Neve Campbell on Scream 4 | Interview
An older, more comfortable Neve Campbell reprises the iconic role of Sidney Prescott in Scream 4.
Fifteen years after Sidney Prescott first evaded the gleaming knife of a ghost-masked killer, Neve Campbell, now 37, reprises the iconic role of the fragile/fierce heroine. Teaming again with director Wes Craven and actors Courteney Cox and David Arquette, and joined by a fresh new batch of Woodsboro youths ripe for the picking, the Toronto native stars in Scream 4, which may kick off a second trilogy of the parodic horror flicks.
After Scream 3, you said you weren’t interested in reprising Sidney. What changed your mind?
We all felt at the time that we’d been lucky to have made a successful trilogy and maybe we should just leave it at that. At that time, had we done a fourth, we’d probably [have been] right. When Bob [Weinstein] approached me nine months before we shot [Scream 4], I was very hesitant. And then [screenwriter] Kevin Williamson gave me a pitch.… What I like about the character this time around is she’s less of a victim and more of a fighter.
Some critics said Scream 3 indulged in horror-movie clichés that the first two spoofed. Do you think Scream 4 marks a return to form?
Yeah, it feels that way, it feels as though it’s hearkening back to the first. With Scream 3, what Wes struggled with was the fact that my time was limited. I was working on Party of Five [and] a film called Drowning Mona, so I couldn’t be in the film as much as might’ve been necessary for Wes to feel he could get enough of an arc for my character.
Courteney Cox said it was only during Scream 4 that you two really bonded. Why’d it take a few films?
When we made the first, the age gap may have seemed larger ’cause I was only 21, but also she was spending a lot of time with David on those films. She’s really bright and really witty and very funny and very wise. I adore her.
So she had more friend time now that she and David have separated?
In no way did they show that they were going through anything, but she and I did manage to find more time together.
It’s often said that onscreen you exude toughness and vulnerability. Do those opposing traits describe you offscreen as well?
Having been a dancer for many years, there’s a discipline and a strength that I took on. I started working when I was 14 years old, so perhaps I grew up a bit sooner than most would have. Do I have both? I think we all have both.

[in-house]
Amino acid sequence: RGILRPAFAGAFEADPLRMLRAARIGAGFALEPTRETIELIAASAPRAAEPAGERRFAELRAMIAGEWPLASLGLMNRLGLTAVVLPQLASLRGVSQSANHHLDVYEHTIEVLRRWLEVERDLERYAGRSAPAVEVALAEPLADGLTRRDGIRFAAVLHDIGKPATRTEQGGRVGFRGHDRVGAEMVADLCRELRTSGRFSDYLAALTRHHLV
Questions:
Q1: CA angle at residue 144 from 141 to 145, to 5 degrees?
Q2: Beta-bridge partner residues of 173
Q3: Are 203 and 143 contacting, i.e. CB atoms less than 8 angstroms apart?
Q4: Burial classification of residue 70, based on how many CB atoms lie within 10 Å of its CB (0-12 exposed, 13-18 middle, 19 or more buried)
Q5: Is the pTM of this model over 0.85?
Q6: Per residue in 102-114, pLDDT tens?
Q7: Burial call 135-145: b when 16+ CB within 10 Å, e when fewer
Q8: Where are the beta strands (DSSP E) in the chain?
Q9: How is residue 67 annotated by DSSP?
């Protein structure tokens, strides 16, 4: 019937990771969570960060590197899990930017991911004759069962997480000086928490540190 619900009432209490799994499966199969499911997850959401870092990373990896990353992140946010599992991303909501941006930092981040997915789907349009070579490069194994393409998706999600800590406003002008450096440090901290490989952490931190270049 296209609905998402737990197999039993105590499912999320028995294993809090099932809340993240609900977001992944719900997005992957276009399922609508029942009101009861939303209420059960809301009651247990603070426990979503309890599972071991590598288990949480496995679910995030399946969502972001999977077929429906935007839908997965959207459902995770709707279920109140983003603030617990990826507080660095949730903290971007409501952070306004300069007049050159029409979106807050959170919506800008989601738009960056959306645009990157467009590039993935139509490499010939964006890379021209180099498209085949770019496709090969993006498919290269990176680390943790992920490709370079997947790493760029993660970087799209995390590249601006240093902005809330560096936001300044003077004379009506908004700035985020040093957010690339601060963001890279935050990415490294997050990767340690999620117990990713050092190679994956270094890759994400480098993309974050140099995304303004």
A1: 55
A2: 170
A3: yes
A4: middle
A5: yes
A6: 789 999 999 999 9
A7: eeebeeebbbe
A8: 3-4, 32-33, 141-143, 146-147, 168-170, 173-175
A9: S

In the past few years you’ve been onstage and on TV more so than in film. Was that a conscious choice?
I have had films come around—they haven’t been the kind of scripts I wanted to make. The television pieces I’ve made were just pieces that I found intriguing. I haven’t read [film scripts] that I’ve been drawn to—and things that maybe were great but I don’t necessarily have a crack at, you know. [Laughs] But I’m about to go do a film with Roland Joffé and he’s one of my favorite directors—Singularity with Josh Hartnett. Also, I started in theater as a dancer and I’ve been living in London for six years and so I was drawn to the stage again.
What kinds of film scripts did you see that made you think, This isn’t what I want to be doing right now?
There’s just very few good scripts out there. I would say 90 percent—at least 90 percent—of the scripts I read I’m not very drawn to, I don’t think they’re very good. It comes down to the quality of the writing. It’s not an easy thing to do, and unfortunately a lot of people just pick up a pen and think they can do it [Laughs], and so you end up reading a lot of crap.
You once said being in a dank cave 20 feet underground was not as bad as sitting through a press junket.
[Laughs] That’s hilarious. Um, I might have said it. It’s quite possible.
Do you still feel that way?
I did one yesterday and it wasn’t as bad. Once you get older, you just get a little bit more comfortable in your own skin and a little less concerned about what people think. To be honest, I just get bored of hearing my own voice. [Laughs] That’s the worst part of it, just having to hear yourself all day long.
So it isn’t the media?
No, no, I get bored of myself! [Laughs]
Does it feel better with the press’s glare not shining so brightly on you now as it did 15 years ago?
Yeah, it’s nice for me. I was, gosh, 21 when my career hit pretty strongly. No one can really teach you how to deal with that much attention at that age, and it’s a tough enough age as it is, you know. So that was a hard time for me. I enjoy living in London ’cause I’m a lot more anonymous there. I prefer that.
Scream 4 opens Friday 15.